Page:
 William of Ockham: What is true? What is known
per se, evident from experience or proved by
authority of scripture.
 Revelation, Deduction, Induction
 Revelation: Direct Command
 Deduction: Principle
 Induction: Wisdom, Experience
Assignment
1. Pray about the hindrances to good Bible interpretation. Make it
personal.
2. For the book of Galatians;
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Read it.
Find a theme verse.
Discover an overall theme for the book.
Create an outline for the book.
Use a Bible dictionary or commentary or other resource to
determine the historical and cultural context of the writing of
the book.
3. Come up with a single scripture, a section of a book or an
entire (small) book you want to analyze using the principles of
hermeneutics.
Rules/Guidelines of Hermeneutics
1. Every passage has one meaning.
2. The most obvious meaning is usually the correct one.
3. Always allow the author’s explanation to stand.
4. Always interpret a passage within the context of the passage,
the book, and the situation.
5. An interpretation of a passage should conform to the
environment of the author.
6. Rightly divide books by dispensation, covenant and setting.
7. Interpret every passage in the light of all others.
8. One passage will often explain another.
Rules/Guidelines (cont.)
9. Let plain passages interpret difficult ones.
10. All passages on a subject must be studied before a conclusion
is drawn.
11. Observe the proper balance of scriptural truth.
12. Passages should be interpreted in harmony with the idioms
contained.
13. Rightly divide the language (grammar and figures of speech).
14. Correctly distinguish the figurative from the literal.
15. Know the meaning of sentences, phrases and words.
16. Rightly divide books by type of literature (poetry, apocalyptic,
historical, doctrinal, etc.).
1. Every Passage Has One Meaning
 Our job is to discover that meaning.
 What is the meaning of Ps 16:8-10? Use Acts 2:25-27
 2 Cor 6:14?
2. The most obvious meaning is usually the
correct one.
 John 3:3-8 What does “born of water and the spirit
mean?
 Eph 4:5,6
What is the “one baptism”?
3. Always Allow the Author’s Explanation to
Stand
 1 John 3:6 No one in Christ continues to sin.
 Daniel 11: vs. 2-4 The kings of the North and the
South are Greek kings.
 Jn 2:19-21 What is Jesus talking about?
 Psalm 82:5-8 What does “gods” mean?
 2 Tim 3:17 2 Tim 2:13
Author’s Explanation…
Look for the explanation in the
1. immediate context
2. that “chapter”
3. that book
4. that author
5. the whole Bible.
4. Always interpret a passage within the
context of the immediate passage, the book
and the situation
 Context, Context, Context…..
 John 9:31
 Matthew 18:20
 Revelation 3:20
 Matt 12:30 vs Mark 9:40
 1 Cor 11:2f vs 1 Cor 14:33-35
It shall greatly help thee to understand Scripture,
If thou mark not only what is spoken or written,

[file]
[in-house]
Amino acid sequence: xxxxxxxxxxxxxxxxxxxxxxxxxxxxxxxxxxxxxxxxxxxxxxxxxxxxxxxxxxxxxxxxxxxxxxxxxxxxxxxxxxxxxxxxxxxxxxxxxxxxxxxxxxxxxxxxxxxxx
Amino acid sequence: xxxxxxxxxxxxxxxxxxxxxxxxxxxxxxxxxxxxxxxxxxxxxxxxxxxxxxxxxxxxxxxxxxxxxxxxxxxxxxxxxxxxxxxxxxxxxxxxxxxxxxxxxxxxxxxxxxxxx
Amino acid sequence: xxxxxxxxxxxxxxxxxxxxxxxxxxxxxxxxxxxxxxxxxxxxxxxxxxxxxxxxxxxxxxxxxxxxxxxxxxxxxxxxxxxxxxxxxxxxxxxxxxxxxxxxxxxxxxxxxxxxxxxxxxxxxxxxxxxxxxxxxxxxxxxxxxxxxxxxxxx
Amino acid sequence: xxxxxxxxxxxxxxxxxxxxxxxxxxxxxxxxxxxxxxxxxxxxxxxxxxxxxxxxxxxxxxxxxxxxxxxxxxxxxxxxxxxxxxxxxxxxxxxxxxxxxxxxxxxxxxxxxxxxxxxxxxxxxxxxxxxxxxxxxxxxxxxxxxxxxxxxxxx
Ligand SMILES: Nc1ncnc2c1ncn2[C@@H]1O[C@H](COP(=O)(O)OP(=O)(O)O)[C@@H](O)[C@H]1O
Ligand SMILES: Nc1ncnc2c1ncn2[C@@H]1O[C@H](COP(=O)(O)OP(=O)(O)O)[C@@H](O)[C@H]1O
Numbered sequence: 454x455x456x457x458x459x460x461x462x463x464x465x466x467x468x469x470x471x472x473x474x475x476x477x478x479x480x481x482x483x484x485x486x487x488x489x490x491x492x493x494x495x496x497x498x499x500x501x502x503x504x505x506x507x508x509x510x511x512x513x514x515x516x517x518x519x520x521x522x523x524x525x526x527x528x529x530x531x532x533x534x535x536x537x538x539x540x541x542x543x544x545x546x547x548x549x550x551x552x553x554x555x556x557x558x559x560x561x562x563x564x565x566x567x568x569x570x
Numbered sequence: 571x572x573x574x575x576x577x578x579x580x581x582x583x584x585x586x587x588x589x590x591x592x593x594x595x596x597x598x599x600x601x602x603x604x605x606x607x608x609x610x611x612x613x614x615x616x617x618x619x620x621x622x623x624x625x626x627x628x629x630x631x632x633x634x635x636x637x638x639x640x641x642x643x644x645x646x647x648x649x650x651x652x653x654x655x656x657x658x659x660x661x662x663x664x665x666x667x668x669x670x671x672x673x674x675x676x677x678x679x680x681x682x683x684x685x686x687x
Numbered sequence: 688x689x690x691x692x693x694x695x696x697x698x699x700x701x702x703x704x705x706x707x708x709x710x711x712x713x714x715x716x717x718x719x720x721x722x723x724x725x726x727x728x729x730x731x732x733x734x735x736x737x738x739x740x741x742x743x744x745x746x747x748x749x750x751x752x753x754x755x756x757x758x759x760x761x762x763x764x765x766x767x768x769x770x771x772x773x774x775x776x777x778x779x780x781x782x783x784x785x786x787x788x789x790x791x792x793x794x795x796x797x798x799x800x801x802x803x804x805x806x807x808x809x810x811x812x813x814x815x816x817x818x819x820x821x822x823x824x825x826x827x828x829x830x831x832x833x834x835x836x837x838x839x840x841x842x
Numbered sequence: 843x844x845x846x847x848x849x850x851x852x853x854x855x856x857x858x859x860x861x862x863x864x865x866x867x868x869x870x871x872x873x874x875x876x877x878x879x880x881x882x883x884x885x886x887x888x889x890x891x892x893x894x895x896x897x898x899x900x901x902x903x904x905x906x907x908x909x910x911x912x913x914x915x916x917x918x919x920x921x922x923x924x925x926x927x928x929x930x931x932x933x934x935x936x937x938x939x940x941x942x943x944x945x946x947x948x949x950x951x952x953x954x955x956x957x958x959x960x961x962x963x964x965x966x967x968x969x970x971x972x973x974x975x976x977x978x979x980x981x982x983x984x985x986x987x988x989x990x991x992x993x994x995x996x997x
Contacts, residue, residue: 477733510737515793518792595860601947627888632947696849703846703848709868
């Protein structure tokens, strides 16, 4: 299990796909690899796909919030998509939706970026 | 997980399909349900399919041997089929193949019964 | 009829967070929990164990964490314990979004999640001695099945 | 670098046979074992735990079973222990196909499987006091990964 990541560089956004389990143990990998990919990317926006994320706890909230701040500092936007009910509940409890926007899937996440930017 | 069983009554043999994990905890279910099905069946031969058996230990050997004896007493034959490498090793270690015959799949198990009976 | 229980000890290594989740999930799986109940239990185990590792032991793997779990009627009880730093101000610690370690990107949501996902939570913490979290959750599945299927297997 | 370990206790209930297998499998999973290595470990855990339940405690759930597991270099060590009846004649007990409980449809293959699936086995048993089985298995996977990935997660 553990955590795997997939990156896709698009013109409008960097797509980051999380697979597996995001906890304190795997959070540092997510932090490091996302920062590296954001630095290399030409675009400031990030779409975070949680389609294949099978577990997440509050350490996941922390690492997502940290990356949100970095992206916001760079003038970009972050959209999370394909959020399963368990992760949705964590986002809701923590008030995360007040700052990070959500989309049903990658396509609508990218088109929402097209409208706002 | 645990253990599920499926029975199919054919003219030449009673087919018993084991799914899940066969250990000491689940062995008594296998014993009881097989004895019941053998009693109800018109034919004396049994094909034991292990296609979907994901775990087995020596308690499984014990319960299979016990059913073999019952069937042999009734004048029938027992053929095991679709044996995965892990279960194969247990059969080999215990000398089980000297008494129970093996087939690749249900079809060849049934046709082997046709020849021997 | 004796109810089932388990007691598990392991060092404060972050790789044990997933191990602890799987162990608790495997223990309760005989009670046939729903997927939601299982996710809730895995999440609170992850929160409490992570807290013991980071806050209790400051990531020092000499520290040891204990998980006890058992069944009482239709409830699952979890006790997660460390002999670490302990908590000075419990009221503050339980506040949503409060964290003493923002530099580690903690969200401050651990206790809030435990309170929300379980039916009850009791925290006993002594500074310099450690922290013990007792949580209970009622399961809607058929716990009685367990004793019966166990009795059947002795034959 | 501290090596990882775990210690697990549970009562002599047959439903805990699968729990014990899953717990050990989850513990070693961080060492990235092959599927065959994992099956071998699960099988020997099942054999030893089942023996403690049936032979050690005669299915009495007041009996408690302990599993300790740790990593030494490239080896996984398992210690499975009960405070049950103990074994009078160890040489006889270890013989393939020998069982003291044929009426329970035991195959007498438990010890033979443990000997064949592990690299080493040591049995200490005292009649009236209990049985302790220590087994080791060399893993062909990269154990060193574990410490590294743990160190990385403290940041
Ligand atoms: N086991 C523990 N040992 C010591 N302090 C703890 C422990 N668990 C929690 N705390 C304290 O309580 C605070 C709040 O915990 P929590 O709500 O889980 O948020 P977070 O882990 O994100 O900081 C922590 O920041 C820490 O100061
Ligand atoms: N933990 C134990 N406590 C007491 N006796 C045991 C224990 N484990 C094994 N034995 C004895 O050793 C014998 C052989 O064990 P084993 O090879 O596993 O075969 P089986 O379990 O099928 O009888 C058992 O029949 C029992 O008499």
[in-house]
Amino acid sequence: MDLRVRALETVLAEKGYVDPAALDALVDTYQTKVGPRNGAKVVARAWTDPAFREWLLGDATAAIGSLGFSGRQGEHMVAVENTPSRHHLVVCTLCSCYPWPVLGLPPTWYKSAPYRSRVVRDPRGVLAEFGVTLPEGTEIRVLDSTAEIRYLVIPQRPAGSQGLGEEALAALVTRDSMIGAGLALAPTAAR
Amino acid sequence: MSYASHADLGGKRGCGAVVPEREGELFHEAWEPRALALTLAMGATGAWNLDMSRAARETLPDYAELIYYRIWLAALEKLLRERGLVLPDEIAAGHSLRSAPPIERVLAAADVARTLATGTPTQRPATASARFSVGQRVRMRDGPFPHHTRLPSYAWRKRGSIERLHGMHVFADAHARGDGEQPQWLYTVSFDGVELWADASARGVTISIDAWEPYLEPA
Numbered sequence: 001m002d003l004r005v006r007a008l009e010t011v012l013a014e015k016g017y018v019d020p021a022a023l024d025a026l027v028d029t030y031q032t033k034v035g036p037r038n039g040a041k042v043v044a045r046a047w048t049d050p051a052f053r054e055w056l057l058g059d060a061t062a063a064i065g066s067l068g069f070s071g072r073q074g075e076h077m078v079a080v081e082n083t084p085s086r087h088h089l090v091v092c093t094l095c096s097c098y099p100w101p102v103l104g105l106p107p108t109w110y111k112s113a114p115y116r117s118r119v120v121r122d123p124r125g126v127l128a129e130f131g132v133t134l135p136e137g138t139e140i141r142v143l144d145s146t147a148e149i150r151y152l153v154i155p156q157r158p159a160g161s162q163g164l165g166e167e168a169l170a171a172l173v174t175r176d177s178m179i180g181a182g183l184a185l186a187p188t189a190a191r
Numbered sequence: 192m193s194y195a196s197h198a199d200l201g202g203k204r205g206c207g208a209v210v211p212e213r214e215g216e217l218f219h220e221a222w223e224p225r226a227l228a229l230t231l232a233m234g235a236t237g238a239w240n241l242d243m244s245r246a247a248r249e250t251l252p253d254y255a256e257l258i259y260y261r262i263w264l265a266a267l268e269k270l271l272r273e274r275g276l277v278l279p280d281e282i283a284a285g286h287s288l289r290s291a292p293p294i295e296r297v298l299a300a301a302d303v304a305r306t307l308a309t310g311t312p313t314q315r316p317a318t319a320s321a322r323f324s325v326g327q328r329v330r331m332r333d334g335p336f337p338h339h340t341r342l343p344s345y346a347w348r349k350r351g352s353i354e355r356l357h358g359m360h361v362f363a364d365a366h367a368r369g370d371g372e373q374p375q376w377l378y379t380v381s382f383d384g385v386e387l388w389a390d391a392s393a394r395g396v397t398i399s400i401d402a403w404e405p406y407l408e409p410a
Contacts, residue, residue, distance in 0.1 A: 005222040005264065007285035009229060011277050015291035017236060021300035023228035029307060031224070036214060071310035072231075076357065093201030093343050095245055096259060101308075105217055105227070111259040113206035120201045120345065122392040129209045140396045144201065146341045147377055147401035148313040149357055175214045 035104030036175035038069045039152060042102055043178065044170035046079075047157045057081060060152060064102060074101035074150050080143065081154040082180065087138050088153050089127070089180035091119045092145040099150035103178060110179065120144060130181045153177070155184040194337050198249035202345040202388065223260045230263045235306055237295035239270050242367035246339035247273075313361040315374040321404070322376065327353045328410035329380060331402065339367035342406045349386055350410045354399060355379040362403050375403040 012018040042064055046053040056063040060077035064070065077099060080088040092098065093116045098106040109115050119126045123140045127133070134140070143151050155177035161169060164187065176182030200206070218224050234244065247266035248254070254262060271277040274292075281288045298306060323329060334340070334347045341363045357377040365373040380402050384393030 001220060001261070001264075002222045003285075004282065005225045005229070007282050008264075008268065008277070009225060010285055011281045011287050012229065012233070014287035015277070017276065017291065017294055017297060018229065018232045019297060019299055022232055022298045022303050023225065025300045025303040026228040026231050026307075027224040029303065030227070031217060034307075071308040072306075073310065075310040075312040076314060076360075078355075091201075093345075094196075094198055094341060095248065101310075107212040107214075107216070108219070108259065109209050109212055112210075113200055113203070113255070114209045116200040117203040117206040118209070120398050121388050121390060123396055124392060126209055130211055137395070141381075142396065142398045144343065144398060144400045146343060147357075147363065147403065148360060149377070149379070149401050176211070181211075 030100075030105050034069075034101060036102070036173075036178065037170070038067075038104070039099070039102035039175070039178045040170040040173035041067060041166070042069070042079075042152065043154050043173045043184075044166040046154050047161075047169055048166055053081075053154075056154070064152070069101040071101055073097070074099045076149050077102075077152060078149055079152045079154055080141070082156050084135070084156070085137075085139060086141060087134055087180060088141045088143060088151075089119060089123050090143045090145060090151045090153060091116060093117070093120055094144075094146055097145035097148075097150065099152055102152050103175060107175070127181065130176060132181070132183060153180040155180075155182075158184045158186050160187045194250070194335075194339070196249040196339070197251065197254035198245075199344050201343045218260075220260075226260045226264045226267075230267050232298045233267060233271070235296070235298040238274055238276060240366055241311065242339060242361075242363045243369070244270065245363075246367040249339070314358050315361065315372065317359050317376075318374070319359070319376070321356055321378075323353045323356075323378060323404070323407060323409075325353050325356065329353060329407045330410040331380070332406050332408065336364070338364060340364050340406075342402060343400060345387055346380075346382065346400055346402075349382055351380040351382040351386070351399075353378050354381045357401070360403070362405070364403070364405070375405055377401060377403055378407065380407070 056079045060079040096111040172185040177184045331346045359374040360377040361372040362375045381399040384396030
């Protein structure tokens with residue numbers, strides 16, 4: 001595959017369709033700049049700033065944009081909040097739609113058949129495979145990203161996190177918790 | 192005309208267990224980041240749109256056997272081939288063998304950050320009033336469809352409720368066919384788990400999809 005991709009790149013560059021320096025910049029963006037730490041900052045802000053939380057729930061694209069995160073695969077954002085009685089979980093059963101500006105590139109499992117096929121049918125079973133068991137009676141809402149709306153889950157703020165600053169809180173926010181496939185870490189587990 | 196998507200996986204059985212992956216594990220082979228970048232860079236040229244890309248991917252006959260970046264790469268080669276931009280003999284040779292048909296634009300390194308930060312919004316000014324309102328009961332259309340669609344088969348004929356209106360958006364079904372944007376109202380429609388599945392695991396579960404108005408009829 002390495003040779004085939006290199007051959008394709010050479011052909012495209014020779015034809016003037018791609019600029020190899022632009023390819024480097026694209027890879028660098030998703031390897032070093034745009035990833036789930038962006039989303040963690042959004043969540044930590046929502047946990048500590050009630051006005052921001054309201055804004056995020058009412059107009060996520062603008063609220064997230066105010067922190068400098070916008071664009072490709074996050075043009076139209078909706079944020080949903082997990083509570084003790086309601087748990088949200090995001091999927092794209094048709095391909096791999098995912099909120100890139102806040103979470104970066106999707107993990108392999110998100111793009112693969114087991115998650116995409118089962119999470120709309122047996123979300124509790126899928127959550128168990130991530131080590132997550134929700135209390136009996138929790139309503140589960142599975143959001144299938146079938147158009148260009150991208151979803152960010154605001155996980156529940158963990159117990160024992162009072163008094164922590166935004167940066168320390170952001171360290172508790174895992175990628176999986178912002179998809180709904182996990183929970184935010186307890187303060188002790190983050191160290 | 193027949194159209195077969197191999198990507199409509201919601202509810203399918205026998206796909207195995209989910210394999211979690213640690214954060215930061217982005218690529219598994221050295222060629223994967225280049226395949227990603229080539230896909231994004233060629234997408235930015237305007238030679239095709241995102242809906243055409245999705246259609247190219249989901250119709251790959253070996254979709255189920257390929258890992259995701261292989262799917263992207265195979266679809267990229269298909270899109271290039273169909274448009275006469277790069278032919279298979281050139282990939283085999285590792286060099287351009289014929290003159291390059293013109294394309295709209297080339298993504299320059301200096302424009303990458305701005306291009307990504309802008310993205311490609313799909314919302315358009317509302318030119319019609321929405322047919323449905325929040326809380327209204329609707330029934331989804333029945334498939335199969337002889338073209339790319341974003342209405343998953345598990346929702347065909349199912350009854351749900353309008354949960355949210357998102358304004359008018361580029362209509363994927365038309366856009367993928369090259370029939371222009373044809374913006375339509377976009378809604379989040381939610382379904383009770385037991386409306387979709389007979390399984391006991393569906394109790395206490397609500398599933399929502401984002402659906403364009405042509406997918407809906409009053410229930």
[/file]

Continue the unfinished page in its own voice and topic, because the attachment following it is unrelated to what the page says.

But of whom,
And to whom,
With what words,
At what time,
Where,
With what circumstances,
Considering what goeth before
And what followeth.
5. The interpretation should conform to the
environment of the author
 1 Tim 2:8-15
 1 Tim 3 vs Titus 1 Qualities of Elders
 Mark 10:23
 1 Cor 8:4
6. Rightly divide by dispensation, covenant and
setting
 Patriarchal
 First Covenant
 The Second Covenant
 The thief on the cross
 Acts 15:24-29 Two covenants meet.
 Romans 9:13-21 Predestination?
 Be aware of progressive revelation.
7. Interpret every passage in light of all others
 Acts 2:21 explained by Rom 10:9, 2 Tim 2:19
8. One passage will often explain another
1 Thess 4:15-17 Is there room for a rapture here?
2 Pet 3:11-13
Harmonize Prov 26:4 and Prov 26:5
Harmonize Ex 20:5-6
with Ezek 18:20
Harmonize Prov 13:25 with Psalm 73:1-5
9. Let plain passages interpret difficult ones.
1 Cor 15:29
Q: What does it not mean?
Romans 8:28-30 Does this justify a strict
predestination? See Hebrews 6:4-6, 10:19-32
Ezekiel 18:25-29 Rev 20:13,14
10. All passages on a topic should be studied
before a conclusion is reached.
Jn 14:14 James 4:2,3 5:13-16 1 John 5:14,15
(on prayer)
Use John 3:16 for salvation?
Rom 10:9 Is confession with your mouth sufficient,
alone, for salvation? (it is with your mouth that you
confess and are saved) Consider 2 Tim 2:19
11. Observe the proper balance of biblical truth
Eph 2:8-10 vs James 2:24
(faith and works)
Phil 2:12 and 2 Cor 13:5 vs 1 Jn 5:13 Romans 8:37
and Hebrews 10:19 (assuring vs. assured)
Predestination vs Free Will
Romans 9:19-21, Romans 8:29 vs. Deut 30:19,20
12. Passages should be interpreted in light of
idioms contained in them.
Like a camel through the eye of a needle. Mark 10:25
Luke 22:31
Satan wants to sift you like wheat
(Could 1 Cor 11:13 “with her head uncovered” be an
idiom?)
13. Rightly Divide the Language (grammar,
figures of speech)
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Anthropomorphisms Psalm 44:3
Personification Psalm 114:3
Hyperbole Psalm 51:5 Matthew 9:47 Psalm 22:6
Irony, sarcasm Galatians 5:12
Simile Matthew 3:16 Isaiah 53:6
Metaphor Matt 26:26 Luke 13:32
Allegory Ephesians 6:11-17
Metonymy 1 Cor 11:25
Synecdoche Deut 8:3
Grammar
 1 Cor 11:27 Unworthy or unworthily?
 Matthew 16:18 masculine vs feminine
14. Correctly Distinguish the Figurative from
the Literal
 How do we know a passage is figurative?
 An implied absurdity Luke 9:60 Mal 1:2-3
 When literal interpretation implies a contradiction or
inconsistency. John 11:25-26
 When it requires a clearly immoral conclusion Matt 18:9
 When the context implies it or the author says so.
Jn 2:18-20
 Common sense. John 4:10-15
 Apocalyptic literature works very differently
15. Know the meaning of words, phrases and
sentences.
 Websters vs Greek vs Biblical definition.
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Church
Flesh
Soul
Bread
Spirit
 In interpreting passages, look for key words and
define them carefully
 1 Cor 11:2-16 head (v. 3) authority (v. 10)
 Rom 8:5-11
16. Rightly divide books by type of literature.
 Poetry
 Loaded with metaphor, hyperbole, etc. Look for the feeling,
not the doctrine. Ps 51:5
 Proverb
 Principle, not promise or command. Prov 13:24, Prov 22:6
 Historical
 Look for the practical application Acts 6:3
 Doctrinal
 Can be most carefully analyzed
 Apocalyptic
 Assume figurative unless the context demands literal
 Type/Antitype
Type/Antitype Interpretation
 1. If a NT writer says a particular passage in the Old Testament
is a foreshadow/prophecy/prefigure/type, then it is. Jn 3:14
 2. If an Old Testament passage works as a
foreshadow/prophecy/prefigure/type both in the general sense
and in the specifics, then it is probably legitimate.
 3. If one already knows that a general event in the Old
Testament is a foreshadow/prophecy/prefigure/type, then it is
safer to assume that the details are foreshadows as well. Gen
22:1-11.